Grant Soliven Column: Why Your Retirement Plan May Not Be Right For You | Columns

Do Retirement Plans Work for the American Investor?

One of the nation’s largest investment firms, Vanguard, analyzed data from 4.7 million of their defined contribution plans and found in its “How America Saves 2021” report that the average balance of 401(k ) reached $129,157.

As more and more people gain access to pension plans, we hope to see this number increase. That said, there’s more to the health of your 401(k) than just value. Asking critical questions and understanding tax diversification should also be considered.

We find that too often investors give their uninterrupted attention to their 401(k) account balance. Focusing only on this measure can mislead an individual and cause them to take the wrong tax and investment measures. Accumulated savings are only one measure of success. Consider a few other essentials by asking the following questions: Are you saving enough? Do your investments match your long-term risk tolerance or do you let your emotions guide your decisions? What will be the tax implications down the road when I start receiving distributions for income?

When considering more than one factor, let’s use health and weight to drive the point home. People often focus on reading the number on the scale without considering other vital measurements such as waist measurement and blood pressure. Yet all of these components affect overall health.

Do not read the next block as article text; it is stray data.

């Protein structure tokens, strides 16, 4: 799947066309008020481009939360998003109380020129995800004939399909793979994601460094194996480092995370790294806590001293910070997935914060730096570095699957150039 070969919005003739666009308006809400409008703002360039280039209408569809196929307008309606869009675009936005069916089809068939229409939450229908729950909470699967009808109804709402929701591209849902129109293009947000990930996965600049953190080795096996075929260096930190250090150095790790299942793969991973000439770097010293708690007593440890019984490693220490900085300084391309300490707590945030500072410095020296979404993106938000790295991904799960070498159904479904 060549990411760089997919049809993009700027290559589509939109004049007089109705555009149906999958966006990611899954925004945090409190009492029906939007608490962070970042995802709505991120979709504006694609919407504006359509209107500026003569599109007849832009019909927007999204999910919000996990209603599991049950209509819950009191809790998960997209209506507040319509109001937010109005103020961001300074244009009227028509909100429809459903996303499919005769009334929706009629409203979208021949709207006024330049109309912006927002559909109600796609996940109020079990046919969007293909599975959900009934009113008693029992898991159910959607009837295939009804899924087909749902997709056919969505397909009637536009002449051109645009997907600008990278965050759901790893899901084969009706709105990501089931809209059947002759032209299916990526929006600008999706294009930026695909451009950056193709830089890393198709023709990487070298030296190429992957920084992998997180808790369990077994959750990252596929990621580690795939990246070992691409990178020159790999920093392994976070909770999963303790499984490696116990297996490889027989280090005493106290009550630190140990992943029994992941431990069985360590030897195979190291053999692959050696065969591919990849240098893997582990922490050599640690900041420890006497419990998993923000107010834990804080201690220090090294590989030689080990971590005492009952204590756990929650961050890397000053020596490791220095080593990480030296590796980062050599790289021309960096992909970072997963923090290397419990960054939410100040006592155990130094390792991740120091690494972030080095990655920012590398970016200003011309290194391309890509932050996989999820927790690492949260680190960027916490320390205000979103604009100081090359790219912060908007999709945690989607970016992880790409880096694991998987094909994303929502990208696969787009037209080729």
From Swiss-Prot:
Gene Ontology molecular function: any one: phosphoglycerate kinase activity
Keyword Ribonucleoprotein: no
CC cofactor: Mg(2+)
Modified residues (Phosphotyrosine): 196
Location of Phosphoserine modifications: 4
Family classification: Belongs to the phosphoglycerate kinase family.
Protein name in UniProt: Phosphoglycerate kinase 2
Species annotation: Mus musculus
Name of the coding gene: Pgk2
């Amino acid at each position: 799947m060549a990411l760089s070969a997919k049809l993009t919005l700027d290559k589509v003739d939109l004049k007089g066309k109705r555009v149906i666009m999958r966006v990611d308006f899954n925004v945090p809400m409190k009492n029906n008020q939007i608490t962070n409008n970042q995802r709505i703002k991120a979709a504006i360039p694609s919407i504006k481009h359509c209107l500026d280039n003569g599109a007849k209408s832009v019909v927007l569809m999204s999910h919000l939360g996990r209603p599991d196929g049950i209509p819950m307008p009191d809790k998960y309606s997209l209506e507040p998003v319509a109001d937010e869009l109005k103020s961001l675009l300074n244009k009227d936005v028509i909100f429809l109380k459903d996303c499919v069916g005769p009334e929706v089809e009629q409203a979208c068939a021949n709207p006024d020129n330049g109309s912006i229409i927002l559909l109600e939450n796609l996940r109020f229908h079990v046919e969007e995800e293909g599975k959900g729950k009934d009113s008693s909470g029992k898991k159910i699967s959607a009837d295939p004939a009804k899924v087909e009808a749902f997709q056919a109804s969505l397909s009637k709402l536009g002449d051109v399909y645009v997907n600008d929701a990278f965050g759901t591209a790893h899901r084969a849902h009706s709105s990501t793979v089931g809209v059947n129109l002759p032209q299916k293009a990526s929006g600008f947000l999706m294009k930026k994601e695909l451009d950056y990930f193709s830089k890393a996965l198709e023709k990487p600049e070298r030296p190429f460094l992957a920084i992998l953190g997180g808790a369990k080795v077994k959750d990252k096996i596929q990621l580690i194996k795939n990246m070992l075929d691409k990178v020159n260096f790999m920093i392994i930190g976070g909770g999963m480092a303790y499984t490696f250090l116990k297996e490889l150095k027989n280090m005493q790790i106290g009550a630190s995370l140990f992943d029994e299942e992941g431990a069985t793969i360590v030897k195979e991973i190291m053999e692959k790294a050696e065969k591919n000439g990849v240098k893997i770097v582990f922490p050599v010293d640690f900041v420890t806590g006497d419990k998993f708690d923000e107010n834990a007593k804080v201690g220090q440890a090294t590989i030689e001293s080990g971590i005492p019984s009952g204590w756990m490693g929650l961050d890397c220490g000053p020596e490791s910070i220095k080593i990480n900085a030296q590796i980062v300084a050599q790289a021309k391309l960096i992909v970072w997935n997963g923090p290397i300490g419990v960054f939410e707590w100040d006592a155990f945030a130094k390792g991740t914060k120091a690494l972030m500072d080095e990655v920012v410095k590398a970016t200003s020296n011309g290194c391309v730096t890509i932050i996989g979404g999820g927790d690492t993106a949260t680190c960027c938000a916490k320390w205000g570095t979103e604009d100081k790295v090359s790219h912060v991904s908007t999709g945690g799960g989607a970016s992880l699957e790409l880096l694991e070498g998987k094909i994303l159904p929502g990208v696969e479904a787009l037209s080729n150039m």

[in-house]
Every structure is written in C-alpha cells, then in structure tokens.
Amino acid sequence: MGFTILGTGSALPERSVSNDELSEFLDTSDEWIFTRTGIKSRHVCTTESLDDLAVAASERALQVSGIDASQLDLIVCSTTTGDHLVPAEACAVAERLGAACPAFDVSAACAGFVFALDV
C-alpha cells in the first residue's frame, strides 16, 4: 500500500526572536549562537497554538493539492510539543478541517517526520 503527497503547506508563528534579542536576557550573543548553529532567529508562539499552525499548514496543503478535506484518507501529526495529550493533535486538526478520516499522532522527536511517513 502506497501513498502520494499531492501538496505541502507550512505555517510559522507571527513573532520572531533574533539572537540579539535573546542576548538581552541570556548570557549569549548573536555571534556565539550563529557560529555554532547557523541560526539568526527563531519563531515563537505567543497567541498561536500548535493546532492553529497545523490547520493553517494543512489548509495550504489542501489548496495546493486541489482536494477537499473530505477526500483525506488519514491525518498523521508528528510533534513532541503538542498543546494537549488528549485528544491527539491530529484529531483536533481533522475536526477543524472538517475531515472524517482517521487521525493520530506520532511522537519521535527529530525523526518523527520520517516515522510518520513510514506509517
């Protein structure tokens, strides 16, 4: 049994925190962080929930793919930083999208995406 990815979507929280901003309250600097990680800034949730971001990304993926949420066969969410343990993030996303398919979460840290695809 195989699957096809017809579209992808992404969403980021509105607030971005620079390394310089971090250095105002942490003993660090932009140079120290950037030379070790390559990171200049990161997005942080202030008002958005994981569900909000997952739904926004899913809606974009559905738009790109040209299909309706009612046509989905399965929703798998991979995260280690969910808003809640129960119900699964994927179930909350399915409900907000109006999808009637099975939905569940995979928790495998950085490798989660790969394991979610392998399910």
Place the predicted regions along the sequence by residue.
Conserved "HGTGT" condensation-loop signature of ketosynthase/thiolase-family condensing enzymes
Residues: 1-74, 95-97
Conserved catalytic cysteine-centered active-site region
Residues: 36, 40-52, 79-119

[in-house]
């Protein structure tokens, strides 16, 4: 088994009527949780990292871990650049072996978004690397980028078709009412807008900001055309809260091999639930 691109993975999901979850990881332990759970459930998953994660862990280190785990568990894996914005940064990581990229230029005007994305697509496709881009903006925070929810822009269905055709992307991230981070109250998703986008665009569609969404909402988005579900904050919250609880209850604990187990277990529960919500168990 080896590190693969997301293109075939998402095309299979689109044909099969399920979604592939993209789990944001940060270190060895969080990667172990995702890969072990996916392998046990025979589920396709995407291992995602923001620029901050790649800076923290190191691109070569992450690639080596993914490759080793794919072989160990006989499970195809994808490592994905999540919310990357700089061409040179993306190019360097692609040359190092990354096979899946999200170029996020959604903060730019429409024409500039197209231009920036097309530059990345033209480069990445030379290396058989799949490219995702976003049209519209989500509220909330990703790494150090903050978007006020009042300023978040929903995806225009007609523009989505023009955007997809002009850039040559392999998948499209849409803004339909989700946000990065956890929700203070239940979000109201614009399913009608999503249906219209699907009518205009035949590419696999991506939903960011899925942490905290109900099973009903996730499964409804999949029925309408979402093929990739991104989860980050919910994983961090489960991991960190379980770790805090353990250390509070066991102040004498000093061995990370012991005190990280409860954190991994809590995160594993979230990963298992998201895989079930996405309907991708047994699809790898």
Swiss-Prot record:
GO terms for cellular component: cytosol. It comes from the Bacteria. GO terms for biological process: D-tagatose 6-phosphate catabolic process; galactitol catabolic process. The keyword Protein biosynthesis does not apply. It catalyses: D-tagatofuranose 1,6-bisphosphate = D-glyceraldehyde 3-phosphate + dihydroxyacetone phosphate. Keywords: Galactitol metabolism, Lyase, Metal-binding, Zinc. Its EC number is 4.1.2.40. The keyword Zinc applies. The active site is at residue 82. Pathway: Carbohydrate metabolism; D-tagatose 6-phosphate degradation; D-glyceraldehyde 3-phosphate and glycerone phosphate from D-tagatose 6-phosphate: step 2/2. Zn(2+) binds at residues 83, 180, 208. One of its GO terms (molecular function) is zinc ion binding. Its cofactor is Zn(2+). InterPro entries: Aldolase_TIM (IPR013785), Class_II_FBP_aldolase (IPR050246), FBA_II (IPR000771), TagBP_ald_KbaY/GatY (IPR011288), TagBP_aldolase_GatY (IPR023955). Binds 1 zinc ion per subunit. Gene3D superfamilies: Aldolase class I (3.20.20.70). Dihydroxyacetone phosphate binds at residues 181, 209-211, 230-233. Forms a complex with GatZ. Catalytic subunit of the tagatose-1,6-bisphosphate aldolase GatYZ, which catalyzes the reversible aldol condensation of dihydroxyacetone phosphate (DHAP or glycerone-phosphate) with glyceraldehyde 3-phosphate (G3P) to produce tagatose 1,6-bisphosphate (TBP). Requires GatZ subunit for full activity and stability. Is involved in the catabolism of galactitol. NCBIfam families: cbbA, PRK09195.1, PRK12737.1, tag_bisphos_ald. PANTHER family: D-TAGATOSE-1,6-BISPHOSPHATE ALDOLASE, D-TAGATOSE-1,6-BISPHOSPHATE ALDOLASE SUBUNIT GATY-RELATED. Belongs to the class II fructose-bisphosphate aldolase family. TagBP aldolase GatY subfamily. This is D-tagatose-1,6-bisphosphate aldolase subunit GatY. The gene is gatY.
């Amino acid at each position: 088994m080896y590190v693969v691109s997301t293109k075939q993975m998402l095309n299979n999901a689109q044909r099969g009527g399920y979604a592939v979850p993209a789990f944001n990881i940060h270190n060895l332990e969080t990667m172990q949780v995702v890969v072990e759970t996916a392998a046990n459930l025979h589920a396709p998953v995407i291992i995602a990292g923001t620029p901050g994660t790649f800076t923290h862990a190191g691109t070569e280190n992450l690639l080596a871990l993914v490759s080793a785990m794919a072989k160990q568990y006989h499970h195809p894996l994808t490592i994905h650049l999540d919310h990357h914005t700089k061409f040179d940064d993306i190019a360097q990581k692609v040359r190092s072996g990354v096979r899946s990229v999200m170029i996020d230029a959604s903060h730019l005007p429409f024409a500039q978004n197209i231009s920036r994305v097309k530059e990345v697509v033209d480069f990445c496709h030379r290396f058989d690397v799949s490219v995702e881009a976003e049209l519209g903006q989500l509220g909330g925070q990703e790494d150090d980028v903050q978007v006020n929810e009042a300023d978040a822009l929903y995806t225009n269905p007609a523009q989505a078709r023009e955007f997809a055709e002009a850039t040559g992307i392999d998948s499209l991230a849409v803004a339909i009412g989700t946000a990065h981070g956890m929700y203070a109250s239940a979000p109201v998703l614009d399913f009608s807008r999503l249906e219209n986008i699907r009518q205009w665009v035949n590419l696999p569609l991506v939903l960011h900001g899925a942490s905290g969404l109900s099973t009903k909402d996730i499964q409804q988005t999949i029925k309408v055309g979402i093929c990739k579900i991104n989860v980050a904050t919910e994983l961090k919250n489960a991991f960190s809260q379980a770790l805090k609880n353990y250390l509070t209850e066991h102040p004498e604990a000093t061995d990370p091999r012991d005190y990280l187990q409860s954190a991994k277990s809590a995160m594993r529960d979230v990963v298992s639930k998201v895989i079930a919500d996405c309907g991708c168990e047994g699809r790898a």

When you contribute to our 401(k) plans, we can easily see the amount of savings we have accumulated and projected retirement income through our 401(k) plan website. It sounds like a handy feature; however, this system does not explain how the income is generated, nor does it reflect the future taxation of these assets.

For example, under the current tax code, many people use the Roth option in their 401(k) plan. This means that their contributions are invested in a bucket that will grow tax-free and be distributed tax-free. So while the tools are nice to look at, they don’t give us complete data, which is like using the weight on a scale as your only guide to health. We can all agree that’s a bad idea, and not having an annual checkup or professional medical opinion could spell disaster later on.

Legislators created the 401(k) to give individuals the ability and responsibility to save for their future. And while some may have lower balances due to different spending habits, those of us with disciplined approaches and focus have healthy, successful 401(k) plans.

If you are reading this article, you are not average! You are unique and have individual goals and a vision for retirement. Academics dwell on average lifespan, average income, average returns, etc. Averages are valuable for national studies, but they don’t represent the lives of many people reading this column.

Focus on your dreams, your situation and your needs, and never forget to ask the questions we asked earlier. If you need a team to help you assess where you are or a guide to show you where to go next, please call Financial Enhancement Group.


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